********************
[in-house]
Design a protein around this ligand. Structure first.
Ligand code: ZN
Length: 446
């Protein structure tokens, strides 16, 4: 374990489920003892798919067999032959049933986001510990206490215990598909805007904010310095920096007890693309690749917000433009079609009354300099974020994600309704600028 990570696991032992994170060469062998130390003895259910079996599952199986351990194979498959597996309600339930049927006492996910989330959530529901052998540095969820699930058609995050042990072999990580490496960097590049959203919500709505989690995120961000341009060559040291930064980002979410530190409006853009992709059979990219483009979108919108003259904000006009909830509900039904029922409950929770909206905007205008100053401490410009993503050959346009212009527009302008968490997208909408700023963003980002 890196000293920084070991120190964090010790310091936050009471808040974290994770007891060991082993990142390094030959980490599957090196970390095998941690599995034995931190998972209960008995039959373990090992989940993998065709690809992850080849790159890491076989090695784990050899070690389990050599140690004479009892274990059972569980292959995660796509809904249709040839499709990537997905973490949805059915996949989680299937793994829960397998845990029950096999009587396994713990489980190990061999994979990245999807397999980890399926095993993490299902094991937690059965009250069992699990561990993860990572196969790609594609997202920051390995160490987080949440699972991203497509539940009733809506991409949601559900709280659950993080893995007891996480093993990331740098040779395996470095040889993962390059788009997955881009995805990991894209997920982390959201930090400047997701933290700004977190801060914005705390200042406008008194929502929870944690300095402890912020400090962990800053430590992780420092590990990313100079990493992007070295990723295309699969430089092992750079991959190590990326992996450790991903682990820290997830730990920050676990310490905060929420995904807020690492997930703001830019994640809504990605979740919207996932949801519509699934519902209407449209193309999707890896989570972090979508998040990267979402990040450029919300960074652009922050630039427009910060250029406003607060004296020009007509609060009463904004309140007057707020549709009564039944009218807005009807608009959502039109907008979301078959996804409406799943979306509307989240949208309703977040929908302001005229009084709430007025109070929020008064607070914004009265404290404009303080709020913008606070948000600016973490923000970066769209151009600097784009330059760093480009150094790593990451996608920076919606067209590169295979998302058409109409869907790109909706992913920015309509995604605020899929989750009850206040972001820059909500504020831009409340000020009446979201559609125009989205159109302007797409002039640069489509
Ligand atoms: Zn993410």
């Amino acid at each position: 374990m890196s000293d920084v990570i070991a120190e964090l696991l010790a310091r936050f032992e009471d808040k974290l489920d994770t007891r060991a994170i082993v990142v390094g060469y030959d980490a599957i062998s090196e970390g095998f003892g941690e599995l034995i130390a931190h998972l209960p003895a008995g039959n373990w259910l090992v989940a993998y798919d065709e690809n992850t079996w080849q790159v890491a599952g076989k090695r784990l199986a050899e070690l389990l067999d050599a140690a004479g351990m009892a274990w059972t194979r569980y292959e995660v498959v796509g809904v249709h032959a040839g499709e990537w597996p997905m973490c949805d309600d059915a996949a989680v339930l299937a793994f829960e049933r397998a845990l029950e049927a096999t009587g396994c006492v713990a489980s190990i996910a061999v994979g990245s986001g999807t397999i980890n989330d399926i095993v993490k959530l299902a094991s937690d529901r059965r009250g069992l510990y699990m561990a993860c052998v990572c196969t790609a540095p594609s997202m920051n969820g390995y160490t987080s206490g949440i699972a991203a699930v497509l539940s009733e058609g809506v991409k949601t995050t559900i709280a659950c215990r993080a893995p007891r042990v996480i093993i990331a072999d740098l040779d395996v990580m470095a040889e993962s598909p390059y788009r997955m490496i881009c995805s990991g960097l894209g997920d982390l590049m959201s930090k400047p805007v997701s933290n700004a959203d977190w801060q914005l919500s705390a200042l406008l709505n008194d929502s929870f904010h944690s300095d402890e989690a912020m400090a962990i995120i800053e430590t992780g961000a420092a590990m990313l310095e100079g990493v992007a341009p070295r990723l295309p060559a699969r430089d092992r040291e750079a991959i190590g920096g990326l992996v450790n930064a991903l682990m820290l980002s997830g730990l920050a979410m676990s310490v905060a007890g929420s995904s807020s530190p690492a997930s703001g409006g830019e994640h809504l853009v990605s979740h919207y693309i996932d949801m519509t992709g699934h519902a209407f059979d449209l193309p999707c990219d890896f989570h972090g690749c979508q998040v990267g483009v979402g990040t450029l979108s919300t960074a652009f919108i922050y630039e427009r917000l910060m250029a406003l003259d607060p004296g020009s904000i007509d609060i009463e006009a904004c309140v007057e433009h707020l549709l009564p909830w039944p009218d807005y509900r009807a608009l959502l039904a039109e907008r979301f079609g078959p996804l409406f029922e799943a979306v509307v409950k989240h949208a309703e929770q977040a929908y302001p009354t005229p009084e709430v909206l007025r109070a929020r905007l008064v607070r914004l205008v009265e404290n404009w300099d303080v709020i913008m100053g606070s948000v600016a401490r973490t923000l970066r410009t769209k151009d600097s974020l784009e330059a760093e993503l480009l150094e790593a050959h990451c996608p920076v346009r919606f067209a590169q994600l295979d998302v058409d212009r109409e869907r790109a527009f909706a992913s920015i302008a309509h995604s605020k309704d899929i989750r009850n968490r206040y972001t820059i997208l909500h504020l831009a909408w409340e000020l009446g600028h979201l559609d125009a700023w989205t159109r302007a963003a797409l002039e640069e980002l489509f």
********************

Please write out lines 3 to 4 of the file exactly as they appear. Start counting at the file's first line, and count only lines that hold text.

Ligand code: ZN
Length: 446